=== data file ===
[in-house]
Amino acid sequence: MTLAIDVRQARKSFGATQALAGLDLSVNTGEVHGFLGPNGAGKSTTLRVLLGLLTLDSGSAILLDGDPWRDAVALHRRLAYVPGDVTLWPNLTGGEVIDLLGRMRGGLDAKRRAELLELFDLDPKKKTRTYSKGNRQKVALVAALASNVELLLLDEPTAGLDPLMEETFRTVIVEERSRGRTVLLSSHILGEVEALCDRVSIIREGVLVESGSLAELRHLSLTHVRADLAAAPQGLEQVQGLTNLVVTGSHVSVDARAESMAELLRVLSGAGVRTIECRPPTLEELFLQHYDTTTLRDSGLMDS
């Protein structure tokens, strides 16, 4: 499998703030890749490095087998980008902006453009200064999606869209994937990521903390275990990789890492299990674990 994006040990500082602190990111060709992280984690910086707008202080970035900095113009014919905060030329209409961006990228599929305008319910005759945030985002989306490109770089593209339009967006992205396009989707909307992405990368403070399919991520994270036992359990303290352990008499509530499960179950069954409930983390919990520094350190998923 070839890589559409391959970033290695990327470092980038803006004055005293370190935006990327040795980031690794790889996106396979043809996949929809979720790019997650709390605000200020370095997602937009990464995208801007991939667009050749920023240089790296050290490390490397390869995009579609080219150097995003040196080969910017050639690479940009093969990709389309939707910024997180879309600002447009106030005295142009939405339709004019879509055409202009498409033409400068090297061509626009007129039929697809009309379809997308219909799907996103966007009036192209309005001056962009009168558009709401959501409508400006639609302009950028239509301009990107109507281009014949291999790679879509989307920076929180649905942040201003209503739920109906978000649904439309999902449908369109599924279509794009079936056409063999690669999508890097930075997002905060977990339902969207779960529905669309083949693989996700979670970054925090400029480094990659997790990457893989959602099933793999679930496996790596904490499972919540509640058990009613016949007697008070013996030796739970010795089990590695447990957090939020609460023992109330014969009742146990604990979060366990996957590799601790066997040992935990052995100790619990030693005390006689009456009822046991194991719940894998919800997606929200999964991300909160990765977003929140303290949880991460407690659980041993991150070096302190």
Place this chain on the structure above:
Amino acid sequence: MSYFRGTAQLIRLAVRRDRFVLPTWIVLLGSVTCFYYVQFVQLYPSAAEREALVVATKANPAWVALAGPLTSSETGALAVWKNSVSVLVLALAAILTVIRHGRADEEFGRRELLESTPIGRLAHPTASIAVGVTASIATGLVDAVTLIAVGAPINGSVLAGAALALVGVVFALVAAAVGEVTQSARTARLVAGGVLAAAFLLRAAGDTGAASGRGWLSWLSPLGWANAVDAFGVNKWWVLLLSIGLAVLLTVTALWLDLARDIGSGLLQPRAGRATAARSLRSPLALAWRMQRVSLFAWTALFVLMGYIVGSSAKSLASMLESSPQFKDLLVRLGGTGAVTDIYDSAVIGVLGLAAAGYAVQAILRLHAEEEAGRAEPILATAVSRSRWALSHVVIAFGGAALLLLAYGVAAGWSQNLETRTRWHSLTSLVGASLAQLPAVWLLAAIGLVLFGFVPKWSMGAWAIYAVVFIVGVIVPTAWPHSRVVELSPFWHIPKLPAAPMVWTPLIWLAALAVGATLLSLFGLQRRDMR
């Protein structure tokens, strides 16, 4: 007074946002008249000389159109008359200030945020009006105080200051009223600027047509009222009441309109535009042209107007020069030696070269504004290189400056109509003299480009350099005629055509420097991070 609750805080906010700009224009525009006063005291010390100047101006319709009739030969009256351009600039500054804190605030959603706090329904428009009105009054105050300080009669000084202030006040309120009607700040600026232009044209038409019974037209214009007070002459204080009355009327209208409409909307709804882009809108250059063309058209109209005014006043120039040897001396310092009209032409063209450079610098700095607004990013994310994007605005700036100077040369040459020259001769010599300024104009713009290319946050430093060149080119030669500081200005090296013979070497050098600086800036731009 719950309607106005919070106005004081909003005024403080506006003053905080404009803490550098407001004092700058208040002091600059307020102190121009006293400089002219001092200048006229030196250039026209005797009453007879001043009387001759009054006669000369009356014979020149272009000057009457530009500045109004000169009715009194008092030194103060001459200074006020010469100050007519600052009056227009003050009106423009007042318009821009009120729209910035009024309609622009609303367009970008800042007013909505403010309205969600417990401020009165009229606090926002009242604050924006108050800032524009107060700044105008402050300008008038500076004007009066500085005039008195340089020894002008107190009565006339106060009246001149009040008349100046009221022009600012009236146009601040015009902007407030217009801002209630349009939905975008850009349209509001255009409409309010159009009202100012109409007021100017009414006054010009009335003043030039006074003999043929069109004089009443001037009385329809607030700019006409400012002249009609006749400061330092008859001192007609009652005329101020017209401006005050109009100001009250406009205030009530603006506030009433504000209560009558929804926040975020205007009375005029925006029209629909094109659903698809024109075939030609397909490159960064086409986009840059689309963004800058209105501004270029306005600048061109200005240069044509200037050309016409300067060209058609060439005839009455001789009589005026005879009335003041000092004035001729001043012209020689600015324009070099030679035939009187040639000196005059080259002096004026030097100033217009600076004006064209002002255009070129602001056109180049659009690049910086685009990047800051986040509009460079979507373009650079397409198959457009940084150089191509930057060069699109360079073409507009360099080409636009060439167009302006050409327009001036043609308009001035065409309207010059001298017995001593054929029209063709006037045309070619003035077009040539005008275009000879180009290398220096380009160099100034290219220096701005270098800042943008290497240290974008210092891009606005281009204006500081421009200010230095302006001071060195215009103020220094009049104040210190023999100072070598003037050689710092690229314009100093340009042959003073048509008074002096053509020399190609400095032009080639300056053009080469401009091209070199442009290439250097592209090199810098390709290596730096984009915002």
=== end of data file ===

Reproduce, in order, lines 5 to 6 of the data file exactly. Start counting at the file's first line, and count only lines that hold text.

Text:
Amino acid sequence: MSYFRGTAQLIRLAVRRDRFVLPTWIVLLGSVTCFYYVQFVQLYPSAAEREALVVATKANPAWVALAGPLTSSETGALAVWKNSVSVLVLALAAILTVIRHGRADEEFGRRELLESTPIGRLAHPTASIAVGVTASIATGLVDAVTLIAVGAPINGSVLAGAALALVGVVFALVAAAVGEVTQSARTARLVAGGVLAAAFLLRAAGDTGAASGRGWLSWLSPLGWANAVDAFGVNKWWVLLLSIGLAVLLTVTALWLDLARDIGSGLLQPRAGRATAARSLRSPLALAWRMQRVSLFAWTALFVLMGYIVGSSAKSLASMLESSPQFKDLLVRLGGTGAVTDIYDSAVIGVLGLAAAGYAVQAILRLHAEEEAGRAEPILATAVSRSRWALSHVVIAFGGAALLLLAYGVAAGWSQNLETRTRWHSLTSLVGASLAQLPAVWLLAAIGLVLFGFVPKWSMGAWAIYAVVFIVGVIVPTAWPHSRVVELSPFWHIPKLPAAPMVWTPLIWLAALAVGATLLSLFGLQRRDMR
């Protein structure tokens, strides 16, 4: 007074946002008249000389159109008359200030945020009006105080200051009223600027047509009222009441309109535009042209107007020069030696070269504004290189400056109509003299480009350099005629055509420097991070 609750805080906010700009224009525009006063005291010390100047101006319709009739030969009256351009600039500054804190605030959603706090329904428009009105009054105050300080009669000084202030006040309120009607700040600026232009044209038409019974037209214009007070002459204080009355009327209208409409909307709804882009809108250059063309058209109209005014006043120039040897001396310092009209032409063209450079610098700095607004990013994310994007605005700036100077040369040459020259001769010599300024104009713009290319946050430093060149080119030669500081200005090296013979070497050098600086800036731009 719950309607106005919070106005004081909003005024403080506006003053905080404009803490550098407001004092700058208040002091600059307020102190121009006293400089002219001092200048006229030196250039026209005797009453007879001043009387001759009054006669000369009356014979020149272009000057009457530009500045109004000169009715009194008092030194103060001459200074006020010469100050007519600052009056227009003050009106423009007042318009821009009120729209910035009024309609622009609303367009970008800042007013909505403010309205969600417990401020009165009229606090926002009242604050924006108050800032524009107060700044105008402050300008008038500076004007009066500085005039008195340089020894002008107190009565006339106060009246001149009040008349100046009221022009600012009236146009601040015009902007407030217009801002209630349009939905975008850009349209509001255009409409309010159009009202100012109409007021100017009414006054010009009335003043030039006074003999043929069109004089009443001037009385329809607030700019006409400012002249009609006749400061330092008859001192007609009652005329101020017209401006005050109009100001009250406009205030009530603006506030009433504000209560009558929804926040975020205007009375005029925006029209629909094109659903698809024109075939030609397909490159960064086409986009840059689309963004800058209105501004270029306005600048061109200005240069044509200037050309016409300067060209058609060439005839009455001789009589005026005879009335003041000092004035001729001043012209020689600015324009070099030679035939009187040639000196005059080259002096004026030097100033217009600076004006064209002002255009070129602001056109180049659009690049910086685009990047800051986040509009460079979507373009650079397409198959457009940084150089191509930057060069699109360079073409507009360099080409636009060439167009302006050409327009001036043609308009001035065409309207010059001298017995001593054929029209063709006037045309070619003035077009040539005008275009000879180009290398220096380009160099100034290219220096701005270098800042943008290497240290974008210092891009606005281009204006500081421009200010230095302006001071060195215009103020220094009049104040210190023999100072070598003037050689710092690229314009100093340009042959003073048509008074002096053509020399190609400095032009080639300056053009080469401009091209070199442009290439250097592209090199810098390709290596730096984009915002």